We were better together.

I think to my PLN, this plethora of ideas and knowledge on social media. My closest educator PLN friends are people I trust, with only a few I have met, but who I lean on for advice, ideas, and knowledge on how we all can become better together. Whether it is listening to their brilliance on Voxer or reading their tweets and blogs, I learn from them, and know in my heart that being connected means we are better together.

Being an educator is not a career of isolation. And while we all have time for reflection by ourselves, we grow together so we are better for our kids. We collaborate, work together to achieve a common goal, and share our knowledge with one another. Better together is not just a phrase; it is a way of life.

As a new school year is about to begin, I am excited for the opportunity to become better together, as we work together toward our vision of focusing on our instruction and growth as a school. We truly are better together for our kids!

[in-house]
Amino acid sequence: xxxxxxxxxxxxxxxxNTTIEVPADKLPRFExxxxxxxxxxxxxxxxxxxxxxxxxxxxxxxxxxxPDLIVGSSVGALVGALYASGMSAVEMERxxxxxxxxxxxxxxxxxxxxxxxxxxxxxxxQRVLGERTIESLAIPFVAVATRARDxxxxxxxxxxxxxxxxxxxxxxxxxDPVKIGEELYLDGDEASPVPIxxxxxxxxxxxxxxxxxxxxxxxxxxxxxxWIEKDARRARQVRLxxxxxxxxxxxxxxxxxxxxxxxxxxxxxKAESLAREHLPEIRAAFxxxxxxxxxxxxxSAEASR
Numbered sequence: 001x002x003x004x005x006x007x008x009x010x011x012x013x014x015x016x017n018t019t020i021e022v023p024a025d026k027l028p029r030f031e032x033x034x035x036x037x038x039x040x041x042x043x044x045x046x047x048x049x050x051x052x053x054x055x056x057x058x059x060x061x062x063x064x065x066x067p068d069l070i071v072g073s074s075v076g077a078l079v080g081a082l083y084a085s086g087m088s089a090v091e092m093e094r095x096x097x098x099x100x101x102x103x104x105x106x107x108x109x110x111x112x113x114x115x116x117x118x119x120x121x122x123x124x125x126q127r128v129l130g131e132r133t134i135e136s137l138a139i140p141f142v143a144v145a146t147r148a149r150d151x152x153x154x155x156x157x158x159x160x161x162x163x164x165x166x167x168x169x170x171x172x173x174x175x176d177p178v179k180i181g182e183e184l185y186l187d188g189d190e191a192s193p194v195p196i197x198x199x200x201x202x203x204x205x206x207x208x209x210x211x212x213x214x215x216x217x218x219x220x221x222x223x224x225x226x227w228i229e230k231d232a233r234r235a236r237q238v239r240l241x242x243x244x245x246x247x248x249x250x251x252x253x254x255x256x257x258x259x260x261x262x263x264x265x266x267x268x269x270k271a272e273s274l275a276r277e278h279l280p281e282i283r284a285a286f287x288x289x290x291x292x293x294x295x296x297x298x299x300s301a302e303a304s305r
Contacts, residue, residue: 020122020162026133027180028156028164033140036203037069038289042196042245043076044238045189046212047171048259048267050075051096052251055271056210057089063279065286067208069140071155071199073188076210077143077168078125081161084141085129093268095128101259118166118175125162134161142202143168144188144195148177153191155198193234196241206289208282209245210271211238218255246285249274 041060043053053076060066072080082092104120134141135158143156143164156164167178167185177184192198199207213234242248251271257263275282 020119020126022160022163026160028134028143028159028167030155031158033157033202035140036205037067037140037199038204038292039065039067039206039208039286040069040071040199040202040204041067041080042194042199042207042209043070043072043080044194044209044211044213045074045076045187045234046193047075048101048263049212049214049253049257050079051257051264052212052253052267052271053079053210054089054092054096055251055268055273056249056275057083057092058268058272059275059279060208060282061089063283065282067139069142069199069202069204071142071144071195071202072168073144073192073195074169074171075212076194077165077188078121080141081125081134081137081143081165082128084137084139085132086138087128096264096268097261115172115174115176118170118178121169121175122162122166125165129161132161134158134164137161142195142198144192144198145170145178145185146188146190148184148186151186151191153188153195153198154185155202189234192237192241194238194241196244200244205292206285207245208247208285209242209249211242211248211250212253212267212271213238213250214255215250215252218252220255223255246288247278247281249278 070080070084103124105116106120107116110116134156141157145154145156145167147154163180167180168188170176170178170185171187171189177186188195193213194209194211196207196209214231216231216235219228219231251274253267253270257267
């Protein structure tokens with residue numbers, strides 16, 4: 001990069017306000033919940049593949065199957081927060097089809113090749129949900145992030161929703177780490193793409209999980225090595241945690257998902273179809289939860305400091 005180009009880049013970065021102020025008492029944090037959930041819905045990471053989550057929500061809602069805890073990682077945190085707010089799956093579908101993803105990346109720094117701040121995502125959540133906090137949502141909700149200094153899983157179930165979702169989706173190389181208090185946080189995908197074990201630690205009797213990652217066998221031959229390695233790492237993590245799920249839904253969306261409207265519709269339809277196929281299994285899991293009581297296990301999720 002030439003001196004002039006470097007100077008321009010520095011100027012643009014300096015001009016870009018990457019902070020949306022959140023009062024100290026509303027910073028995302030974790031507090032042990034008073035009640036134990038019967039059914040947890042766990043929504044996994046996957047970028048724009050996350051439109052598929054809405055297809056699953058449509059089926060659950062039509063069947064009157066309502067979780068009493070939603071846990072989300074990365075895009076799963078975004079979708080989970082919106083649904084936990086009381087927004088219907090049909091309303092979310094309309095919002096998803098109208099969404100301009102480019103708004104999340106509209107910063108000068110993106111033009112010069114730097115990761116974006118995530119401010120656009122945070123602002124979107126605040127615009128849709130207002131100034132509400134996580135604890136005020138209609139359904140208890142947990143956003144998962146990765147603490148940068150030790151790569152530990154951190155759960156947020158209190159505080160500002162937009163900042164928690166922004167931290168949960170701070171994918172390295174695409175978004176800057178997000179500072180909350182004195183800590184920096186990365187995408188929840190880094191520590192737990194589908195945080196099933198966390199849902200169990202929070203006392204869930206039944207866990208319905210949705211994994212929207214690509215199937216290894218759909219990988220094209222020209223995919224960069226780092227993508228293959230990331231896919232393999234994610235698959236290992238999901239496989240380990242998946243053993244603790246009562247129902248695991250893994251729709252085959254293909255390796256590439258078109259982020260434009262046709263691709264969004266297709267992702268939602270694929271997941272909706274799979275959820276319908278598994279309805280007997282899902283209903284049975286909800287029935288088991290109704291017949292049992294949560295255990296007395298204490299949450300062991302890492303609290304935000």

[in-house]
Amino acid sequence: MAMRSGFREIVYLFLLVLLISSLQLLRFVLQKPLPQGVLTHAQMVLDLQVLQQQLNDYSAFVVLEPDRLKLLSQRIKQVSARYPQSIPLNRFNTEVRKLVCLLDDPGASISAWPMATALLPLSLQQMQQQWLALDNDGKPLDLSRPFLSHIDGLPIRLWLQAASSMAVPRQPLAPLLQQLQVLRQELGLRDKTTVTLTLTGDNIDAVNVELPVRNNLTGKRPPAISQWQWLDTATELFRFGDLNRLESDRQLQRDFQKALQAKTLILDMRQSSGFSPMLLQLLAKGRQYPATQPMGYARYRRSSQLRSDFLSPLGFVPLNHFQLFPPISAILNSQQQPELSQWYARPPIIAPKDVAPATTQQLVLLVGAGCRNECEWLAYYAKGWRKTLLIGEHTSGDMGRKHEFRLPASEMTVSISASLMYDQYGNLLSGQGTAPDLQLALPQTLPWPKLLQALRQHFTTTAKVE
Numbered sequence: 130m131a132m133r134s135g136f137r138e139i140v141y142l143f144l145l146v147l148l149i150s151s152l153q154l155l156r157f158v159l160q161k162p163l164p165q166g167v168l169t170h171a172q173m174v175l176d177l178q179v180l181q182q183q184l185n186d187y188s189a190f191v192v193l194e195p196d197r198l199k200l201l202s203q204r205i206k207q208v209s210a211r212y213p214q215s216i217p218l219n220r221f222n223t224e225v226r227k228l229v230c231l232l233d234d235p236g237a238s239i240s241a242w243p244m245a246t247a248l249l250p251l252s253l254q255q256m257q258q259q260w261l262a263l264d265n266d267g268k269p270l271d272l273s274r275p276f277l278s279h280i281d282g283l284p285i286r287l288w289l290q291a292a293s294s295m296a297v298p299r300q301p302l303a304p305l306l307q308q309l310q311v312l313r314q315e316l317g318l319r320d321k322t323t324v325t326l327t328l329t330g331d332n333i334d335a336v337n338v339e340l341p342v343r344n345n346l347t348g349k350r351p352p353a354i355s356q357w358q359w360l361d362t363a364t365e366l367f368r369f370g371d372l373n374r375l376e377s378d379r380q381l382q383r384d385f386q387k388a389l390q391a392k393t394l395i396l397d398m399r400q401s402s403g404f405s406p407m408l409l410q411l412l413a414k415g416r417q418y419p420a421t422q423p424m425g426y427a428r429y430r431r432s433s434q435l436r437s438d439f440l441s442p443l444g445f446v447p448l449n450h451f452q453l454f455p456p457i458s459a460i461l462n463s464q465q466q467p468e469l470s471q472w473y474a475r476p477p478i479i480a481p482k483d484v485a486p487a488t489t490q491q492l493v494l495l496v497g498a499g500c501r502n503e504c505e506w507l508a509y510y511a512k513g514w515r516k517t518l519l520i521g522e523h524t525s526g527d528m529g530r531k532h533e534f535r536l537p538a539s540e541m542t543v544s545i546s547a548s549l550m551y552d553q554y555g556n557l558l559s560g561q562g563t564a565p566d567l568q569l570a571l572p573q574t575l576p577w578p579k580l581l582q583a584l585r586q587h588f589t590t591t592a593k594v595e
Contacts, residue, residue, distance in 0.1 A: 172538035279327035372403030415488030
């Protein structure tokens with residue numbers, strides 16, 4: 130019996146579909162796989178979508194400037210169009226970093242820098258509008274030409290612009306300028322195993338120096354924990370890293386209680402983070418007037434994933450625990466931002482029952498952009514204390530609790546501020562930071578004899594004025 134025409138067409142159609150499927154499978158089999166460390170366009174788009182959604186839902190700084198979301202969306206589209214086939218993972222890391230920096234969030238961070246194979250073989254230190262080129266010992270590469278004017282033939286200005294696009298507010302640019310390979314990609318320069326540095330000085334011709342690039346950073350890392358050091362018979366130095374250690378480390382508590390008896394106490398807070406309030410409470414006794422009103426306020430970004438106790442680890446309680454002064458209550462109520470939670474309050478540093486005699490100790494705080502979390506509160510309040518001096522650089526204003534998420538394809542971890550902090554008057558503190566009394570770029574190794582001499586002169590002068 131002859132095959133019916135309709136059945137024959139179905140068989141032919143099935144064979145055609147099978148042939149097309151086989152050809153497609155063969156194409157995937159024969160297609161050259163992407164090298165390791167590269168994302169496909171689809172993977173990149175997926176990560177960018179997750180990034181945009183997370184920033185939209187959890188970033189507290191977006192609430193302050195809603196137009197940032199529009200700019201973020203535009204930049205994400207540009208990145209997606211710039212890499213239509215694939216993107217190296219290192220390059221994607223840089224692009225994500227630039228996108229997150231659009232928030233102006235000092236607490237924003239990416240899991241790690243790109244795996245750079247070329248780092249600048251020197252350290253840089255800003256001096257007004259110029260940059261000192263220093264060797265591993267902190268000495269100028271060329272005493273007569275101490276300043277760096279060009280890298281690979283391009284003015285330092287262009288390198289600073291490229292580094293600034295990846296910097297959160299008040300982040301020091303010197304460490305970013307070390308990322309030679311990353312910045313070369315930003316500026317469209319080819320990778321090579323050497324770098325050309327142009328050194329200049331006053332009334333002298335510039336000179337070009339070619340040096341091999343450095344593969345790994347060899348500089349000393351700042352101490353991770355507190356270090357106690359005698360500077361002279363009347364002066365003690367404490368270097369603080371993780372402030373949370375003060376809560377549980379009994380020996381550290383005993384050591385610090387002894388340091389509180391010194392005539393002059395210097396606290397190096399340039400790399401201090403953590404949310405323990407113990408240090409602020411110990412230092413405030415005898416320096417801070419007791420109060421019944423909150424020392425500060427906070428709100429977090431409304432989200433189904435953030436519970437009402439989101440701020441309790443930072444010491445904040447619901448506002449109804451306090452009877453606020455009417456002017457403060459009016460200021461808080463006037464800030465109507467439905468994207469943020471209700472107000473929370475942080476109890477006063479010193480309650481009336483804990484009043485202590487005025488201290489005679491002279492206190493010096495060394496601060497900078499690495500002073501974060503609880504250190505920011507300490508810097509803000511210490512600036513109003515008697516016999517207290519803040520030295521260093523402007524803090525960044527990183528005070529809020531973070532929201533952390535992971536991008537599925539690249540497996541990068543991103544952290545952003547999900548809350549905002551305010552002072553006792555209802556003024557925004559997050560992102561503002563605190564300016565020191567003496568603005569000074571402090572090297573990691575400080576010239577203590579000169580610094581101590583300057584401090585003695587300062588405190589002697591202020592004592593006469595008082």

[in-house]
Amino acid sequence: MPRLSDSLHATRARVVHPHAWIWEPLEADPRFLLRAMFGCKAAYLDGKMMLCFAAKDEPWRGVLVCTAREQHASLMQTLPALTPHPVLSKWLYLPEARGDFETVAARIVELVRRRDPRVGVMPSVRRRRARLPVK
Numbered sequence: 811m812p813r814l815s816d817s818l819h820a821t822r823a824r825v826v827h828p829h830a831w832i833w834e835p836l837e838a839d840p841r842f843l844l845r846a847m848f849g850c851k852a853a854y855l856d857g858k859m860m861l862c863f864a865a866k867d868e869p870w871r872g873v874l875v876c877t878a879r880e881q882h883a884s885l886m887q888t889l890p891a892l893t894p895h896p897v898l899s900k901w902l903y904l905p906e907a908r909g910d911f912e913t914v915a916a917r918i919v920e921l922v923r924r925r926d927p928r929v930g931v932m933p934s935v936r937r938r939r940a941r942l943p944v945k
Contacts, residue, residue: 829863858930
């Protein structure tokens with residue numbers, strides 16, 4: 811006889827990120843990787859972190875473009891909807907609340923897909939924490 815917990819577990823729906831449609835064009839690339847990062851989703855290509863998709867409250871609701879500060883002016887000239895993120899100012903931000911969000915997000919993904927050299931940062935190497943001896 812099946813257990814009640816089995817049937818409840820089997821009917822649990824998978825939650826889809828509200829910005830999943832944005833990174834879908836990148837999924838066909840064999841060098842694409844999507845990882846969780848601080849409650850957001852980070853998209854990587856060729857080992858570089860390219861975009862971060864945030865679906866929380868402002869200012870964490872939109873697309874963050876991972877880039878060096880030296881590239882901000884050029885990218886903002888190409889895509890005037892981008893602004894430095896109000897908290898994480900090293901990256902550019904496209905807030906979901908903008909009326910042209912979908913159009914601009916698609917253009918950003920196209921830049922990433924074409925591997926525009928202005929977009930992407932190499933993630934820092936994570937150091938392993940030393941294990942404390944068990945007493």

Wednesday, August 2, 2017

Back to School Meetings...Inspiring or Procedural?

It is time to go back to school, which means staff meetings. Are these exciting or procedural? Inspirational, or a long list of things to do?

A few years ago, the staff meetings I prepared were ridiculously long. I greatly apologize to any teacher who has sat through them. I would spend two weeks preparing the presentation, incorporating inspirational videos and quotes, filling in policies and procedures where I could. I would make copies of sign-off sheets, sign-up sheets, and schedules galore. While I tried to excite and inspire my staff, I mostly covered the housekeeping and required sign-offs, taking nearly 2-3 hours of their time on the first staff day.